Social (pragmatic skills) - if you are working one on one or in a group, this is a great opportunity to practice turn-taking! Turn-taking is an important skill that children learn to develop during play and it is something that also carries over into speaking and conversations. If working one of one, you can take turns decorating each pumpkin by alternating each step. Work on phrases like, “You’re next!” or “Your turn!” to indicate to your partner it’s time to switch. In a group? Have each individual be in charge of one of the necessary materials. If someone needs a different material than the one provided, they can approach the person who has it and make a full sentence request (e.g., “Can I borrow the glue?”).

Pumpkin designs*

*General design tip: pumpkin decorating is fun, but can also be messy! We advise that you decorate on a flat, large surface that can be covered with an old sheet or newspapers.

Classic Jack-O-Lantern

Materials:

Medium to large pumpkin

Writing utensil

Serrated knife

Spoon

Small candle/tea light

Lighter

Directions:

  1. Draw a circle around the stem of the pumpkin and stencil areas around the face you wish to carve
  2. With adult assistance or supervision, use the knife to cut a hole around the stem (following the circle outline)
  3. Use the spoon or your hands to remove all seeds and insides of the pumpkin and dispose (or save to bake at another time!)
  4. Use the knife to carve into the face design that was initially stenciled
  5. Place the candle/tea light within the pumpkin and light!

Sparkly mini pumpkins

Materials:

Mini or small pumpkin

Glitter (single or multiple colors)

Adhesive spray

Tape

Spoon

Directions:

  1. If you do not want glitter on your stem, cover with tape to protect from adhesive (tip: use tape to cover wherever you want your pumpkin to be glitter free!)
  2. Use adhesive spray to coat the pumpkin
  3. Take the spoon to sprinkle glitter over the area sprayed with adhesive
  4. Shake the pumpkin gently and let the loose glitter fall off
  5. Repeat if desired or to add combinations of colors

Funny face pumpkins

Materials:

Any sized pumpkin

Face materials (use materials of your choosing - e.g., felt fabric sheets, googly eyes, sparkly cotton balls, etc.)

Scissors

School or tacky glue

Directions:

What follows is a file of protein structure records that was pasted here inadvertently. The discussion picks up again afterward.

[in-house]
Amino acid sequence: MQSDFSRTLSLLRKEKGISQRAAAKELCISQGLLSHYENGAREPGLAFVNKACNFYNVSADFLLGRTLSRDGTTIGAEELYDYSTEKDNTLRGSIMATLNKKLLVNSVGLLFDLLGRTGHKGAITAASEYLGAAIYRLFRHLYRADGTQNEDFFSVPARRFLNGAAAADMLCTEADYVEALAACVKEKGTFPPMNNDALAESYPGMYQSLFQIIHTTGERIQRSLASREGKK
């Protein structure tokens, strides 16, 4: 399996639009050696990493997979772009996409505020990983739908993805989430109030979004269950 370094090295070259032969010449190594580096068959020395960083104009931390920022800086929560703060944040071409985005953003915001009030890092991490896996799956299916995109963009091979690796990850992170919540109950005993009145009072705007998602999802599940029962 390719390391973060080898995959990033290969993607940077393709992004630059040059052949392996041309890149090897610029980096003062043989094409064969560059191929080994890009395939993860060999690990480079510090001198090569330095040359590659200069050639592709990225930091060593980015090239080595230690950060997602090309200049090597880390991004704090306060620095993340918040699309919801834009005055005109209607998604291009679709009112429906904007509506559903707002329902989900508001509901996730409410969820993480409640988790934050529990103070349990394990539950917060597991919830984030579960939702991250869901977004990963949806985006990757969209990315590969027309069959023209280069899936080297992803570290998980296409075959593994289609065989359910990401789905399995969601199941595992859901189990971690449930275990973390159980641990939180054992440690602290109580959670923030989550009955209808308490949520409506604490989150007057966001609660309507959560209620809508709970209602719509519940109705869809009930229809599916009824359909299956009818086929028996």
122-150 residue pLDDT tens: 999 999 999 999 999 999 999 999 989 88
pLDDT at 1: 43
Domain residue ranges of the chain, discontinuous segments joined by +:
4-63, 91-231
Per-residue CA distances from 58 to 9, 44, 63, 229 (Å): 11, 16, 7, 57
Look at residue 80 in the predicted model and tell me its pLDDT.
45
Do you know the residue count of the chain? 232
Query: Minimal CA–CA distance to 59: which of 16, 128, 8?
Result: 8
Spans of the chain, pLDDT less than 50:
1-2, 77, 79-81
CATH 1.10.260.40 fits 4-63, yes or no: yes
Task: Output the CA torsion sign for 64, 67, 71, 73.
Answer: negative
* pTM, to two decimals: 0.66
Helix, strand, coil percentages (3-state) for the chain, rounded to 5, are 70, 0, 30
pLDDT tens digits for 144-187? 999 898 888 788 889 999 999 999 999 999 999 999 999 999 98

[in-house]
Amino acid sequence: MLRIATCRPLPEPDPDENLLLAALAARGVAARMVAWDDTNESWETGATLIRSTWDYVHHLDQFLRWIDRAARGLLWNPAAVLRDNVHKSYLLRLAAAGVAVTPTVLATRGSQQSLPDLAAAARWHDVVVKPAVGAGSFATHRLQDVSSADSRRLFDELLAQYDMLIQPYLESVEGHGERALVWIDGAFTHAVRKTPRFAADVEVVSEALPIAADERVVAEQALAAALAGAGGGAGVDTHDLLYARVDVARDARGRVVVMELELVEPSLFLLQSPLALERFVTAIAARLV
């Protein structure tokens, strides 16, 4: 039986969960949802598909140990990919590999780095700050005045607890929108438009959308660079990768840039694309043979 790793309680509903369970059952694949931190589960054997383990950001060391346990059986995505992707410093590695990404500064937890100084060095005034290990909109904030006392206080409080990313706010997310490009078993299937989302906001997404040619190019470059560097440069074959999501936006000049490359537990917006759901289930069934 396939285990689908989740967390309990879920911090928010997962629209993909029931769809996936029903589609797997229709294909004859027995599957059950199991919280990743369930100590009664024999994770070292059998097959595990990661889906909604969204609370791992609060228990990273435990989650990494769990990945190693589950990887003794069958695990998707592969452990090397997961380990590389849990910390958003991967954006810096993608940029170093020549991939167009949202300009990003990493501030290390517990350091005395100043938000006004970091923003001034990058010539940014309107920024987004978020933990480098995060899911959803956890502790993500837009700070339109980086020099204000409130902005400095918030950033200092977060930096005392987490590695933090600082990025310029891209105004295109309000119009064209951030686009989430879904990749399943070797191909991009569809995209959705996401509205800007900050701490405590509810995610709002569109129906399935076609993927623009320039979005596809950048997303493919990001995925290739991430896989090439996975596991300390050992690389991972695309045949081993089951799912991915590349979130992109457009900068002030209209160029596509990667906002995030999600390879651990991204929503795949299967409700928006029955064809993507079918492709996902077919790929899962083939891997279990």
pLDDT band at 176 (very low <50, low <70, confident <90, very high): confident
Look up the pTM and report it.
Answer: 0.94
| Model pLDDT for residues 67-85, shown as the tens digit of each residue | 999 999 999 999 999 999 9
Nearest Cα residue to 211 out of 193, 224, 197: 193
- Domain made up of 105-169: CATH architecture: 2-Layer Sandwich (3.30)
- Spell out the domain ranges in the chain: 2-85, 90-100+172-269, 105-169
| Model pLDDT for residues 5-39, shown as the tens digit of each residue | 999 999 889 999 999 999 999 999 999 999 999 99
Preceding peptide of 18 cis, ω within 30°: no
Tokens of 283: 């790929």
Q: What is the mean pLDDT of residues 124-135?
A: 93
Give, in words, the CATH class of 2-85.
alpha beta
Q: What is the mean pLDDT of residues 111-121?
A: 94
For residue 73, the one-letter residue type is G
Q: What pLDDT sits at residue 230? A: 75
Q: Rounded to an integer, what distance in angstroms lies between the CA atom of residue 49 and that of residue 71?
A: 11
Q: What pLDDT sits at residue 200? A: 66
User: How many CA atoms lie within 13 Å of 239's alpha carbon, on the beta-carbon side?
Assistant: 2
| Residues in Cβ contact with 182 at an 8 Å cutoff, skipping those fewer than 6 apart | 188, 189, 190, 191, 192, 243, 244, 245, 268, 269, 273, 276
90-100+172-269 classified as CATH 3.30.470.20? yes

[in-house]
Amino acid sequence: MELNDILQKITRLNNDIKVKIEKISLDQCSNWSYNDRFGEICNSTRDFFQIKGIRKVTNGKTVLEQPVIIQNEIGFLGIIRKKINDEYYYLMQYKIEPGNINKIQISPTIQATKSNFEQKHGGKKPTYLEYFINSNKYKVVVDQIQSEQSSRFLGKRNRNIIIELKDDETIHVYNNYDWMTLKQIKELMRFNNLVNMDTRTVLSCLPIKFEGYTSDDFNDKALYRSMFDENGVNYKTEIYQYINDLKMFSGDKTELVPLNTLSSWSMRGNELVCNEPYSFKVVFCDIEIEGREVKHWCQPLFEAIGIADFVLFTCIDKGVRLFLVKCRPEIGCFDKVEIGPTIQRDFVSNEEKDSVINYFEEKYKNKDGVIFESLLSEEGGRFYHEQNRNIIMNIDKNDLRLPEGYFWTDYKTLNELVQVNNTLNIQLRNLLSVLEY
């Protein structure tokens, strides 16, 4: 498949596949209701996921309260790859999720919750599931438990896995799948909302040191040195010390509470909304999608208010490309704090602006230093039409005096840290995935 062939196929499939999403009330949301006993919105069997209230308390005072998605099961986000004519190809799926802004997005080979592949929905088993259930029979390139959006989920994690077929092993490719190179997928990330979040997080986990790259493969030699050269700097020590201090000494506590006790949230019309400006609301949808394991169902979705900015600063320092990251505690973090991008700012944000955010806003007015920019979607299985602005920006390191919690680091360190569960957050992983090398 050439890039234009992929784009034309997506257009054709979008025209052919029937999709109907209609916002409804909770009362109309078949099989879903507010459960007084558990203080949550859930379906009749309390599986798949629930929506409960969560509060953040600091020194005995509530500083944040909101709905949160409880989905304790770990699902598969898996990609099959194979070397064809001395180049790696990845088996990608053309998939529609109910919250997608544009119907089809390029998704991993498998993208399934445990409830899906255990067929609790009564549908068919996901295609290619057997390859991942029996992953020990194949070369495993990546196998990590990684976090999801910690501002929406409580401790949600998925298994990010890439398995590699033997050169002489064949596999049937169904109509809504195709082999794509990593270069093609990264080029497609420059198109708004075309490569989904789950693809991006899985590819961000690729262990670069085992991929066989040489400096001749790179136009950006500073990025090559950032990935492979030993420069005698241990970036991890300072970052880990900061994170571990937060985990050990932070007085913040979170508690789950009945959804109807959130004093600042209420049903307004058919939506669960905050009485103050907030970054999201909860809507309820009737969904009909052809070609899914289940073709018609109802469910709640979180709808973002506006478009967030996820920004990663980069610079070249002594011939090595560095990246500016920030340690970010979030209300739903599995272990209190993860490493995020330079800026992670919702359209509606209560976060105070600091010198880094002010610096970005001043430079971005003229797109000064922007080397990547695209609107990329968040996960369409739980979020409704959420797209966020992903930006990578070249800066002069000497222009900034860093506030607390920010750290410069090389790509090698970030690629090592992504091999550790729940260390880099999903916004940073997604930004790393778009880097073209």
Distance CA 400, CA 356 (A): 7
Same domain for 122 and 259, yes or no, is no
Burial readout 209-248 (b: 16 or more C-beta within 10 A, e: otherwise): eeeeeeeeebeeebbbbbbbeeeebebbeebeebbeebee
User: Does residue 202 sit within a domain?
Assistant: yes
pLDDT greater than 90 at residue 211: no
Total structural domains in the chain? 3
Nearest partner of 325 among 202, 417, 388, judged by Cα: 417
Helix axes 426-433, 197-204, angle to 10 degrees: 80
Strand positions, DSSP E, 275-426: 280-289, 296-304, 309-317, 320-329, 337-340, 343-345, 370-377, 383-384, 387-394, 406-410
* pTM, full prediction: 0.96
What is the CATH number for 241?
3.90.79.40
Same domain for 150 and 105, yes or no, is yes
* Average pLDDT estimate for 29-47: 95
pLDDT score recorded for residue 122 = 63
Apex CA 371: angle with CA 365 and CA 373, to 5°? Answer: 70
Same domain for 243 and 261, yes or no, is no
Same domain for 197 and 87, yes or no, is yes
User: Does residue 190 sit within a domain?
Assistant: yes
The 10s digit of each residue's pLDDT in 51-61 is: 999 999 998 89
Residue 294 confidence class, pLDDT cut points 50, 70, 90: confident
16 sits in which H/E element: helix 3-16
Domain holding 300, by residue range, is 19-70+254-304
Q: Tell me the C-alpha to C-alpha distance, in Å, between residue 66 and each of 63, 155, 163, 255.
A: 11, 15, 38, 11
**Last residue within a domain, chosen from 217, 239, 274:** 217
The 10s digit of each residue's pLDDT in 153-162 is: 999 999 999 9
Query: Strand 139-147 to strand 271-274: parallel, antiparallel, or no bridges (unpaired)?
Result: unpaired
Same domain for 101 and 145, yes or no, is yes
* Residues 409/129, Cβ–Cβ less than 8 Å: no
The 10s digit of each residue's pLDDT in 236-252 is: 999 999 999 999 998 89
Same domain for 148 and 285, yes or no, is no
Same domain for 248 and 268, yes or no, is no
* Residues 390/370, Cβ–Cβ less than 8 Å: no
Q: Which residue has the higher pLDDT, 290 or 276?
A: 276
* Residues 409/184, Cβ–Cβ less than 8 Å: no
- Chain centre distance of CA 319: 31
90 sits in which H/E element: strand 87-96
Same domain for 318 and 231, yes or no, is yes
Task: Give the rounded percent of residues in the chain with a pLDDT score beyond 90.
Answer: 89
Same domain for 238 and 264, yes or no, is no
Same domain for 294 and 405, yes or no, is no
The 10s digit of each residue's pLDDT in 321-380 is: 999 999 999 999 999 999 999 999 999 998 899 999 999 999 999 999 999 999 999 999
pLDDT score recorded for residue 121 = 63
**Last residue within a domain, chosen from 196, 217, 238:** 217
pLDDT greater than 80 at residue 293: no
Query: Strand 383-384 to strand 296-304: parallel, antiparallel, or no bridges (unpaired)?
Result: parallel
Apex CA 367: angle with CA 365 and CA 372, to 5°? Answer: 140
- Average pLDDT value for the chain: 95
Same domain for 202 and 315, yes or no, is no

1. Select the material(s) of your choosing for your pumpkin’s facial features
  2. If using something like tissue paper or felt fabric, use the scissors to cut into shapes (you will at minimum need 2 eyes, 1 nose, and 1 mouth)
  3. Gently squeeze the glue on the back of each body part to be placed
  4. Continue until you have placed all desired body parts on the pumpkin

Spooky scary pumpkin

Materials:

Any sized pumpkin

Cotton balls

Black spray paint

Pack of plastic spiders

Adhesive spray (if needed)

Directions:

  1. Coat the entire pumpkin with the back spray paint
  2. Gently pull apart the fibers of the cotton balls to get a spider-web/cobweb appearance
  3. Wrap the pulled apart cotton balls around the pumpkin and stem (if needed, also use adhesive spray for this step)
  4. Place desired amount of plastic spiders within the web of cotton balls

Mummy pumpkins

Materials:

Any sized pumpkin

Cheesecloth or gauze

Tape

Adhesive spray

Googly eyes

School or tacky glue

Hairspray

Directions:

  1. If you do not want decor on your stem, cover with tape to protect from adhesive
  2. Use adhesive spray to coat the pumpkin
  3. Take the cheesecloth or gauze and wrap around the entire pumpkin, leaving a small slit towards the top on one side (for the eyes)
  4. Use the school or tacky glue to paste the last thread of the cheesecloth/gauze to the pumpkin
  5. Use the school or tacky glue and apply to the googly eyes
  6. Place the googly eyes in the small exposed slit on the pumpkin’s surface
  7. Spray the coat of the cheesecloth/gauze with hairspray to stiffen

We hope you were able to enjoy some crafty fall fun! Share your favorite pumpkin design in the comments below!